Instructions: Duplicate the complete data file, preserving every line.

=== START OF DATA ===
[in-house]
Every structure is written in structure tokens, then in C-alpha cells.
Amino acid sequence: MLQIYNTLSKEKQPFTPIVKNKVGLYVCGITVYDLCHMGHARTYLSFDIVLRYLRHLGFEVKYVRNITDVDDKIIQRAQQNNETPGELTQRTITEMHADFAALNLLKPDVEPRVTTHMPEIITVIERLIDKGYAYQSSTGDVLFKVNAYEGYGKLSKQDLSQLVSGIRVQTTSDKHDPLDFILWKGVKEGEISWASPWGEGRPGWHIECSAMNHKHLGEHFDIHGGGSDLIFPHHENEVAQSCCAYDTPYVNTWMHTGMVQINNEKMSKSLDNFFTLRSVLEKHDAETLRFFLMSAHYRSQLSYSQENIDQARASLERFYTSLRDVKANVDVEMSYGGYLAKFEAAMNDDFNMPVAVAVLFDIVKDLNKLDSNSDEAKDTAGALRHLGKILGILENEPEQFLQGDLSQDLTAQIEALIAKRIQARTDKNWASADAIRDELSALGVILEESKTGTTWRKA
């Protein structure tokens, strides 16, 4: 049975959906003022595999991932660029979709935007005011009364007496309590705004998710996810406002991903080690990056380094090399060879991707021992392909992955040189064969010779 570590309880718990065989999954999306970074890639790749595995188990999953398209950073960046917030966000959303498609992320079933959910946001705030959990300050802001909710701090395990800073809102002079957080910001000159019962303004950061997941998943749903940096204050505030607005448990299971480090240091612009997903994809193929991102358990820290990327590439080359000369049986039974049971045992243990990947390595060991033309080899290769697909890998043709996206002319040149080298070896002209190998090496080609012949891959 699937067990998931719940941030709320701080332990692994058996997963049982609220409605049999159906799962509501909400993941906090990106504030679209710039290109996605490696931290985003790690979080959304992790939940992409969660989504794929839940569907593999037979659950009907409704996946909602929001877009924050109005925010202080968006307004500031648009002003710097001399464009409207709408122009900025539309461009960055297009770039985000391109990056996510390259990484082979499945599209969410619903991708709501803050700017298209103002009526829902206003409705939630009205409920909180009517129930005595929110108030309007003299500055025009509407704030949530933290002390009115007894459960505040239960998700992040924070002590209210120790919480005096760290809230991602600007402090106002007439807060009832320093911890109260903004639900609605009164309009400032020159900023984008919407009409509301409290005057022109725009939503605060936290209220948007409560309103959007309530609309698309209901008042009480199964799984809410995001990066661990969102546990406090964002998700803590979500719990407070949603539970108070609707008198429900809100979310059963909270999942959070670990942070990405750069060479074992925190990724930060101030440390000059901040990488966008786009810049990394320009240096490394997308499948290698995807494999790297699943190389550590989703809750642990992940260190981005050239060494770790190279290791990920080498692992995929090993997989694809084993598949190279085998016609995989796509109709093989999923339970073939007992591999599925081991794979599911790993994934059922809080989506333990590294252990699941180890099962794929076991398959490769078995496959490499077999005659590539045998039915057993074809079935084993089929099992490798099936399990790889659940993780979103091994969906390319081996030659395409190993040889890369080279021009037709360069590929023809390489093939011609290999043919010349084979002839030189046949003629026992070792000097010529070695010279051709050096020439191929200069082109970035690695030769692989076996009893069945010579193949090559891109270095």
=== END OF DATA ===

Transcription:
[in-house]
Every structure is written in structure tokens, then in C-alpha cells.
Amino acid sequence: MLQIYNTLSKEKQPFTPIVKNKVGLYVCGITVYDLCHMGHARTYLSFDIVLRYLRHLGFEVKYVRNITDVDDKIIQRAQQNNETPGELTQRTITEMHADFAALNLLKPDVEPRVTTHMPEIITVIERLIDKGYAYQSSTGDVLFKVNAYEGYGKLSKQDLSQLVSGIRVQTTSDKHDPLDFILWKGVKEGEISWASPWGEGRPGWHIECSAMNHKHLGEHFDIHGGGSDLIFPHHENEVAQSCCAYDTPYVNTWMHTGMVQINNEKMSKSLDNFFTLRSVLEKHDAETLRFFLMSAHYRSQLSYSQENIDQARASLERFYTSLRDVKANVDVEMSYGGYLAKFEAAMNDDFNMPVAVAVLFDIVKDLNKLDSNSDEAKDTAGALRHLGKILGILENEPEQFLQGDLSQDLTAQIEALIAKRIQARTDKNWASADAIRDELSALGVILEESKTGTTWRKA
């Protein structure tokens, strides 16, 4: 049975959906003022595999991932660029979709935007005011009364007496309590705004998710996810406002991903080690990056380094090399060879991707021992392909992955040189064969010779 570590309880718990065989999954999306970074890639790749595995188990999953398209950073960046917030966000959303498609992320079933959910946001705030959990300050802001909710701090395990800073809102002079957080910001000159019962303004950061997941998943749903940096204050505030607005448990299971480090240091612009997903994809193929991102358990820290990327590439080359000369049986039974049971045992243990990947390595060991033309080899290769697909890998043709996206002319040149080298070896002209190998090496080609012949891959 699937067990998931719940941030709320701080332990692994058996997963049982609220409605049999159906799962509501909400993941906090990106504030679209710039290109996605490696931290985003790690979080959304992790939940992409969660989504794929839940569907593999037979659950009907409704996946909602929001877009924050109005925010202080968006307004500031648009002003710097001399464009409207709408122009900025539309461009960055297009770039985000391109990056996510390259990484082979499945599209969410619903991708709501803050700017298209103002009526829902206003409705939630009205409920909180009517129930005595929110108030309007003299500055025009509407704030949530933290002390009115007894459960505040239960998700992040924070002590209210120790919480005096760290809230991602600007402090106002007439807060009832320093911890109260903004639900609605009164309009400032020159900023984008919407009409509301409290005057022109725009939503605060936290209220948007409560309103959007309530609309698309209901008042009480199964799984809410995001990066661990969102546990406090964002998700803590979500719990407070949603539970108070609707008198429900809100979310059963909270999942959070670990942070990405750069060479074992925190990724930060101030440390000059901040990488966008786009810049990394320009240096490394997308499948290698995807494999790297699943190389550590989703809750642990992940260190981005050239060494770790190279290791990920080498692992995929090993997989694809084993598949190279085998016609995989796509109709093989999923339970073939007992591999599925081991794979599911790993994934059922809080989506333990590294252990699941180890099962794929076991398959490769078995496959490499077999005659590539045998039915057993074809079935084993089929099992490798099936399990790889659940993780979103091994969906390319081996030659395409190993040889890369080279021009037709360069590929023809390489093939011609290999043919010349084979002839030189046949003629026992070792000097010529070695010279051709050096020439191929200069082109970035690695030769692989076996009893069945010579193949090559891109270095």